It’s never too late to do the right thing, and several weeks ahead of the election, Twitter and Facebook turned off some of their most polarizing features and amped up misinformation notices. (OK, maybe it’s too late for Facebook.) Trump’s Twitter feed was mostly hidden tweets on November 4, since he kept lying about election abnormalities. Yet will these features be turned off after the election? These are multinational platforms, and there’s always an election somewhere. Are platforms conceding that their algorithms are toxic? What will be the permanent fixes to these problems? Is it time to suspend accounts, no matter how prominent, after they’ve posted a certain number of misinformation posts? 

On the night of the 2016 election, traffic to Twitter more than doubled. This likely happened again Tuesday night and the following three days as the time-space continuum warped — I never want to think about Pennsylvania or Georgia again. To suggest that Twitter does not have the ability to influence elections by escalating polarization and supplying 52 million Americans with false and misleading news is delusional. 

Weapons of Mass Entrenchment 

Media outlets were aflutter with the news that a board committee reviewing Twitter’s leadership and management structure concluded Dorsey should remain at the helm. This was the work of Twitter’s communications team, who are representing Jack, not shareholders. Trained at the Sandberg School of Distraction, Twitter’s comms hacks spend more time manicuring the image of leadership instead of articulating a vision. Similar to the Libra team, most insurance, and life jackets on Delta, the comms teams at big tech serve no real purpose.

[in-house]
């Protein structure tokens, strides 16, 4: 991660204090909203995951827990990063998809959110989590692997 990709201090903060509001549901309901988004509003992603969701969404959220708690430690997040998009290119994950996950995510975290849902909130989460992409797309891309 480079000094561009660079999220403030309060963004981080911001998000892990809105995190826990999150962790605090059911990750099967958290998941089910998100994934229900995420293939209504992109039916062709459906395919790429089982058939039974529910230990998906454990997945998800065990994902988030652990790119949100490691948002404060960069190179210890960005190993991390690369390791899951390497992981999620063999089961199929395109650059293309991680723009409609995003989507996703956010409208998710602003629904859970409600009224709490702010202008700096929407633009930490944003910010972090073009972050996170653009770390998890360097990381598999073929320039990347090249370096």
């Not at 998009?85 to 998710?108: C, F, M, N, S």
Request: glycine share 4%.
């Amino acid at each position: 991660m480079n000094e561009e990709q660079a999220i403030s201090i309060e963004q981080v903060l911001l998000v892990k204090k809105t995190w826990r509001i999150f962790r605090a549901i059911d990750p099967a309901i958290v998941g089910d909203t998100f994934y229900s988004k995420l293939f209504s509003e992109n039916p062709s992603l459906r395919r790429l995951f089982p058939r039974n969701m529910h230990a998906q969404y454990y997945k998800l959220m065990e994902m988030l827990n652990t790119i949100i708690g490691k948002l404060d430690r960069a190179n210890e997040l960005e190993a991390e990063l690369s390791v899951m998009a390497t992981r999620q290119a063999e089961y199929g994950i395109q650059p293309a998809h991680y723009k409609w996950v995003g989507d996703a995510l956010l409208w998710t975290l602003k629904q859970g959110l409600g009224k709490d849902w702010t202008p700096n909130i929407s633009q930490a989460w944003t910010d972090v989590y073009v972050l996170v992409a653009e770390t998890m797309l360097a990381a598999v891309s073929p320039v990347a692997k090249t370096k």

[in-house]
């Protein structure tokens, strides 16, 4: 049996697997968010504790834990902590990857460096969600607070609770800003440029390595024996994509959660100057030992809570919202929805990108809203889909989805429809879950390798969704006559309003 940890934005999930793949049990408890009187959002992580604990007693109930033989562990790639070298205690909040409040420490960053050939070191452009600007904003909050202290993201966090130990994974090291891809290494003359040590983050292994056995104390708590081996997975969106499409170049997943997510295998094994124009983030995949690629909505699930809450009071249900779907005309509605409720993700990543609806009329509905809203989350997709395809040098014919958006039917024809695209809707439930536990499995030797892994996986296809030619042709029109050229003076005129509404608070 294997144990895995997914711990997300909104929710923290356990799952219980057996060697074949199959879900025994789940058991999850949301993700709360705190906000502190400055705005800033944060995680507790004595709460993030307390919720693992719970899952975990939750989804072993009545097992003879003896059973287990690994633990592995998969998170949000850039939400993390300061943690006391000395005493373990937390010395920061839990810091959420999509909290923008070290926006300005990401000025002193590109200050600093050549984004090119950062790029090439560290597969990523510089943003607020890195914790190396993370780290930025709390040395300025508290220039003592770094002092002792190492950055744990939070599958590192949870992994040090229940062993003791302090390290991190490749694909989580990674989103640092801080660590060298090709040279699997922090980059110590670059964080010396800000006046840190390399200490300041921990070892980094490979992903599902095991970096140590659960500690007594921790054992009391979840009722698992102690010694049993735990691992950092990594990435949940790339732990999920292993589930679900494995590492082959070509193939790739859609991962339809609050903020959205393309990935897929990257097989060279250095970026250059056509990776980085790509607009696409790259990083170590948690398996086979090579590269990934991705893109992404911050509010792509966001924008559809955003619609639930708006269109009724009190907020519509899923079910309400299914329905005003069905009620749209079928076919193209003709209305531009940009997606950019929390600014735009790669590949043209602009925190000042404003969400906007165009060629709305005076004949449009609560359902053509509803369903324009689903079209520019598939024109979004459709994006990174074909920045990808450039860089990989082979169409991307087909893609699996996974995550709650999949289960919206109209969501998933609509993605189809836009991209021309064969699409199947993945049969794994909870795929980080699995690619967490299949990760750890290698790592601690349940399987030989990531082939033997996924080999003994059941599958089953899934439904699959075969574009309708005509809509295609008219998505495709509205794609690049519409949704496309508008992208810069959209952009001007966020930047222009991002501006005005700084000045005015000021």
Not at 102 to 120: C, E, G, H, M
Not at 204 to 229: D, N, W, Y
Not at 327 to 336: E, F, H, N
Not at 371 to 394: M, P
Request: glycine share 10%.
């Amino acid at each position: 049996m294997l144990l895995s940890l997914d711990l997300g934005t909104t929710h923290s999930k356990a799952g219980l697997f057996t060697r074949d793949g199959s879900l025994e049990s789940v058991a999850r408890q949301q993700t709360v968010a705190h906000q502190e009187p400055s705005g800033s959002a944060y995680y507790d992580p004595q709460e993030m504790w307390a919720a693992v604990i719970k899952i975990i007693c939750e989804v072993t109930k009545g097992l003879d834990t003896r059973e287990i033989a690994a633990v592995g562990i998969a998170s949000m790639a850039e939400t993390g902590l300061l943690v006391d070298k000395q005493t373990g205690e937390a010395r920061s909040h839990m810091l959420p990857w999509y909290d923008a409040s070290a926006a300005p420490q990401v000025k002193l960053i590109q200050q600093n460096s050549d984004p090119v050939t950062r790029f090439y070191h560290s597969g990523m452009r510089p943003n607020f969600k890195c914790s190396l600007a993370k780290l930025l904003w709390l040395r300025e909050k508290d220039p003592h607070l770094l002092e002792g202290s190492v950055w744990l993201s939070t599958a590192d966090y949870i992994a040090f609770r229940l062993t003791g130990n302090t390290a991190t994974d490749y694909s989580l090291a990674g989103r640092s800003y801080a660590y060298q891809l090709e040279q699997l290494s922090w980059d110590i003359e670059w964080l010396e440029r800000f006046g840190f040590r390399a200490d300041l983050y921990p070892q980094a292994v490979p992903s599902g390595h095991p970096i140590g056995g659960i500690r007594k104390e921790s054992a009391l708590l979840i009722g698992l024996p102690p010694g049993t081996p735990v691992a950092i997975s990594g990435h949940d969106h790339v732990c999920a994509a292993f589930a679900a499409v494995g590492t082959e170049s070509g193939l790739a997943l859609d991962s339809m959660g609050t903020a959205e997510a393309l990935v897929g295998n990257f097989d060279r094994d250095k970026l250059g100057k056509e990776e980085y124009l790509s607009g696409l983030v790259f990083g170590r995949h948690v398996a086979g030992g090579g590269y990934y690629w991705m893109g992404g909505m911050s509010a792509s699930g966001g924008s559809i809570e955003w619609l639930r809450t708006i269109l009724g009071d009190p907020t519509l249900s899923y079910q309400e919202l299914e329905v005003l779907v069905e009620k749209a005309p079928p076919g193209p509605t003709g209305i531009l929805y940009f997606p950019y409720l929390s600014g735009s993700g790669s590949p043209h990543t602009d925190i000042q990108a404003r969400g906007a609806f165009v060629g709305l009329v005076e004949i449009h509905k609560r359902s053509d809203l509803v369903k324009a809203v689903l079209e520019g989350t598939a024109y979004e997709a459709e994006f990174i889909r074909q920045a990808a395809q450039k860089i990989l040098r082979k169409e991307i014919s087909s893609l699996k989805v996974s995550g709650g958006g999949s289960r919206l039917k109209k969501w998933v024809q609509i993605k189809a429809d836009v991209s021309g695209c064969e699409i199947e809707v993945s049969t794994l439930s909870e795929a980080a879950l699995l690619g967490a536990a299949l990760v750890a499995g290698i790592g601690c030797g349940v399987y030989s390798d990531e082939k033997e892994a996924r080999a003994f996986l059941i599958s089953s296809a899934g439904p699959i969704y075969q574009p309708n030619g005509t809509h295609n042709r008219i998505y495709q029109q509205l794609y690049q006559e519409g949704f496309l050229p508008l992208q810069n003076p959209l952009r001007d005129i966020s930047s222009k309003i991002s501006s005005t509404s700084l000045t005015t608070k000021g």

What most business media missed: The board was de-staggered and Elliott’s standstill (agreement not to purchase more stock) will end soon. This means Twitter management no longer has two weapons of mass entrenchment. In addition, Omid Kordestani, former chairman and Dorsey apologist, has stepped down as chairman. 

The reason I’m a Twitter shareholder is I believe the stock has a floor and a sizable potential upside easily realized if the CEO were to go on a silent retreat, for 30 years. Egon Durban (Silver Lake … and an awesome name) is on the board, ready to pounce and take the firm private should it fall below $30 per share again. The unlocks/upside are simple: a new CEO and any (I mean, any) progress toward a subscription model. 

Prediction: TWTR is up 50% in the next 12 months.

Beyond the shareholder appreciation, I hope Twitter adopts a similar theme as the one the sublime, strong hands of John King are beginning to shape for us — repair. Some wonderful things have happened this election. A record number of voters, early votes that beat previous years’ total votes in several states, openly gay Black congressmen and a transgender state senator elected for the first time. 

Also, a QAnon supporter, Marjorie Taylor Greene, was elected to Congress. It’s unlikely this individual would have had any chance to represent our country if Twitter and Facebook had not built businesses fueled by rage and conspiracy. TV brought Kennedy. Facebook and Twitter have yielded Ms. Greene, who believes Muslims should be banned from serving in government and that Oprah traffics children.

There is a sense, however, that Twitter realizes Mom and Dad are coming home early, the garage is on fire, and the dog is pregnant. The firm has a chance to use this election as an opportunity for redemption. There is evidence already: 

Life is so rich, 

P.S. On the pod, I spoke to GOP political strategist and Project Lincoln cofounder Steve Schmidt and Pod Save America cofounder Dan Pfeiffer. And … we’ve moved out of the advertising age and into the product age. Develop a foundation in product strategy with my colleague Professor Adam Alter — sign up for the Product Strategy Sprint, running Jan 12-26, 2021.



  1. mikecart1 says:

    You had me at your second bullet point. LOL at John King. What a piece of crap he is. Can’t believe he and Dana Bash have a kid.

  2. Y.B. Normal says:

    Boebert is just as crazy

  3. Richard says: